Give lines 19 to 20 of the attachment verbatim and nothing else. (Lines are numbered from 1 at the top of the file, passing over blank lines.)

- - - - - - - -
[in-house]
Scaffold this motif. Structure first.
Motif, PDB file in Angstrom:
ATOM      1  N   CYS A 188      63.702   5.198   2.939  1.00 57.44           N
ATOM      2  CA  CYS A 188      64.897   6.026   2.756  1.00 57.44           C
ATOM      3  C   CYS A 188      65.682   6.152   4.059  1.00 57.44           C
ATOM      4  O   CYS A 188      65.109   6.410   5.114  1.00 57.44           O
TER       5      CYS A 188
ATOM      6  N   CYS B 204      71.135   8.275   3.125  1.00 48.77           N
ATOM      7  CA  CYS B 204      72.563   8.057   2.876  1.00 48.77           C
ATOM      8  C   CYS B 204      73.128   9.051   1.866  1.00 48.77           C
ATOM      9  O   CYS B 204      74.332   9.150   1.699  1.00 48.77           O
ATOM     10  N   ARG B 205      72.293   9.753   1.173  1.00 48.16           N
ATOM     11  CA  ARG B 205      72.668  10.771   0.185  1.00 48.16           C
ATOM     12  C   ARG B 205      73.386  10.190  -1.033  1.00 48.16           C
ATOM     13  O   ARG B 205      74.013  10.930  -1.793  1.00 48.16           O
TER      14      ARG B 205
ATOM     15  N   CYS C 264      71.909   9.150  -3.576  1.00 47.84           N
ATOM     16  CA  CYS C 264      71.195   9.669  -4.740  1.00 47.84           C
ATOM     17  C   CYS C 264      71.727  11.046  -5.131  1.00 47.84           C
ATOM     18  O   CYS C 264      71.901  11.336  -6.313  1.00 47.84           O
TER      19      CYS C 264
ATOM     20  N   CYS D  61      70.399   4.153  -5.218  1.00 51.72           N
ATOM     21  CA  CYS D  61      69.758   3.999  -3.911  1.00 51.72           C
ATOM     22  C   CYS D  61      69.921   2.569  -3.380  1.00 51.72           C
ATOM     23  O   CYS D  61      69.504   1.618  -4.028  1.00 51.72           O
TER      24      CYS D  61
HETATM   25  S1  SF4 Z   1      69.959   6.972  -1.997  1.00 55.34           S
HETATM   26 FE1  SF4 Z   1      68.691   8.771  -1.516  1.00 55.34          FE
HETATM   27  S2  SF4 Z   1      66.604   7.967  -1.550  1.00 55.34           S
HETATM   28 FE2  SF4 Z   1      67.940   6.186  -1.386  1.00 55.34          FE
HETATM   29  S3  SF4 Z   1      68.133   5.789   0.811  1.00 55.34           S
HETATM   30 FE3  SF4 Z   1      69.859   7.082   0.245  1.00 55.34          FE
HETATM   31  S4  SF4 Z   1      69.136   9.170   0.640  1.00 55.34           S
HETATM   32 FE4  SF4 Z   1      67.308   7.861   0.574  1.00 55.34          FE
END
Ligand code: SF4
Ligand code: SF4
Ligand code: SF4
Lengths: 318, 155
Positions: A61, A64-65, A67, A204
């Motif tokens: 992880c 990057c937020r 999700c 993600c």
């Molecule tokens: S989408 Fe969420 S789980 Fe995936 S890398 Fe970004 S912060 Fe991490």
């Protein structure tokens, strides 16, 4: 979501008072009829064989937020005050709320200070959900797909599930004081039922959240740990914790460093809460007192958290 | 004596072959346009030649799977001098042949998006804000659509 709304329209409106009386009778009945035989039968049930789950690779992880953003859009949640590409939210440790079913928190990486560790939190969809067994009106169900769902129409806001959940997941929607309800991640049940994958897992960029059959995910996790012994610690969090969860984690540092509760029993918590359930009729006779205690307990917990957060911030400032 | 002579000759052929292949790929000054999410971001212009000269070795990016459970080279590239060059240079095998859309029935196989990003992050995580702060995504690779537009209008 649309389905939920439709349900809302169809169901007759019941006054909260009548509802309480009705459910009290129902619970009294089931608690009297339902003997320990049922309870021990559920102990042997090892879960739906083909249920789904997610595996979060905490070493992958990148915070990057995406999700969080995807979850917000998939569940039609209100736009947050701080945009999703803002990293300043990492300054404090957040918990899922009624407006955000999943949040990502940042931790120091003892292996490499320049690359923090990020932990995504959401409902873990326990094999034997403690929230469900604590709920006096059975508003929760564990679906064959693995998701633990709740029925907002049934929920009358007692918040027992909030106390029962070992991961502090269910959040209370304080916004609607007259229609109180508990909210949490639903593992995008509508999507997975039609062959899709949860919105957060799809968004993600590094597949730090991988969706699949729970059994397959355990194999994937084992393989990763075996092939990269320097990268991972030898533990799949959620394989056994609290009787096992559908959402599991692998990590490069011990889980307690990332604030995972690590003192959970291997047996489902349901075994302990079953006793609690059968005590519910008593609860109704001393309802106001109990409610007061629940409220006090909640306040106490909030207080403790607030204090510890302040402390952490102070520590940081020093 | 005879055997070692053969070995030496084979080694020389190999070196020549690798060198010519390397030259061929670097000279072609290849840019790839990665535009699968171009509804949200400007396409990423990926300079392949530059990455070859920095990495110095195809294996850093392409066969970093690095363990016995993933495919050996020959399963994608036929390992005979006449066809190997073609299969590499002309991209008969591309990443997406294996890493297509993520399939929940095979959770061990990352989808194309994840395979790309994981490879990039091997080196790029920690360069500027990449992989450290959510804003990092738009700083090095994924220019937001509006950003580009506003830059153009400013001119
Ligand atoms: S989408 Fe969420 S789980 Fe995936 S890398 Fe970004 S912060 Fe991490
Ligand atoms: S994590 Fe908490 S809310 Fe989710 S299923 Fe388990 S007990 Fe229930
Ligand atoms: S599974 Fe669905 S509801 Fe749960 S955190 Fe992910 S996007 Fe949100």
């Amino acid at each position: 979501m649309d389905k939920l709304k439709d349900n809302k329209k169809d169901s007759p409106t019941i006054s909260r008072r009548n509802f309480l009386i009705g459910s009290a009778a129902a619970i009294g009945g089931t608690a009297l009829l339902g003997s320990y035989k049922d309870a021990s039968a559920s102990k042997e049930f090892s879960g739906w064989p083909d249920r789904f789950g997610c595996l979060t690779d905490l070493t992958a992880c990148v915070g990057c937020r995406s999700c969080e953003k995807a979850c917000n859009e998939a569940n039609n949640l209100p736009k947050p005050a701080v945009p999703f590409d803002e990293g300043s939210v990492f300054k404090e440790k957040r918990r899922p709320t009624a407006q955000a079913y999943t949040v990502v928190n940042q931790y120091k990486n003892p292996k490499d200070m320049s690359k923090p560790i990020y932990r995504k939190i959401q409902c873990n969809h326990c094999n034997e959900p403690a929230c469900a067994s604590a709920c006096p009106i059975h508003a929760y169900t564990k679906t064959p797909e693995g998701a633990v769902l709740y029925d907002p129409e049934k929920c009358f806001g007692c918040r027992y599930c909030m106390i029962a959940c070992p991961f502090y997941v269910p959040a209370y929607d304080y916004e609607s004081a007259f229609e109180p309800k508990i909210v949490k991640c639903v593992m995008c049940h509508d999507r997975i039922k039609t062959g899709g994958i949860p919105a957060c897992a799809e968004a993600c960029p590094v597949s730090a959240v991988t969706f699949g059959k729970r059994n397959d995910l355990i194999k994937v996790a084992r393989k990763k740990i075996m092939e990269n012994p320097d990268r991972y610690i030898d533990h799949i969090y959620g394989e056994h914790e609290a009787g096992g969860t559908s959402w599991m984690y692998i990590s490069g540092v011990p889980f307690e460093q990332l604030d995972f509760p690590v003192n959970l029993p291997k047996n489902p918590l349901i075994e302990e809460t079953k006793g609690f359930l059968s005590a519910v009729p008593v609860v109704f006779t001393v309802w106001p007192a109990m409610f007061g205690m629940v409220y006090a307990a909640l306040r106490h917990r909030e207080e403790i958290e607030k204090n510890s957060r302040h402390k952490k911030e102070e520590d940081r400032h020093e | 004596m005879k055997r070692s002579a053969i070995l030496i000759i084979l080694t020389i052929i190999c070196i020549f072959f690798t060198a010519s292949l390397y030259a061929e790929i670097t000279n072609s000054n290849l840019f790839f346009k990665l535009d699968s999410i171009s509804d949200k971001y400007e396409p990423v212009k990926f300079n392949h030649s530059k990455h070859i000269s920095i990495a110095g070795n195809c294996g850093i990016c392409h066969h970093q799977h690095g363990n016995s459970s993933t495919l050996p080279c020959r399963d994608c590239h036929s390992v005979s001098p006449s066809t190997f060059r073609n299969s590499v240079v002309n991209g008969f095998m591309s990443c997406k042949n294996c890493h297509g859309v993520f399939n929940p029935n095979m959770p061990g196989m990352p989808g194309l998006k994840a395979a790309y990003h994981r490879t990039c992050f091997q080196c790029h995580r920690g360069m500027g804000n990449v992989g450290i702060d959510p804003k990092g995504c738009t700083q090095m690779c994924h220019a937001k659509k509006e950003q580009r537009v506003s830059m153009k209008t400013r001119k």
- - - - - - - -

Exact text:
ATOM     16  CA  CYS C 264      71.195   9.669  -4.740  1.00 47.84           C
ATOM     17  C   CYS C 264      71.727  11.046  -5.131  1.00 47.84           C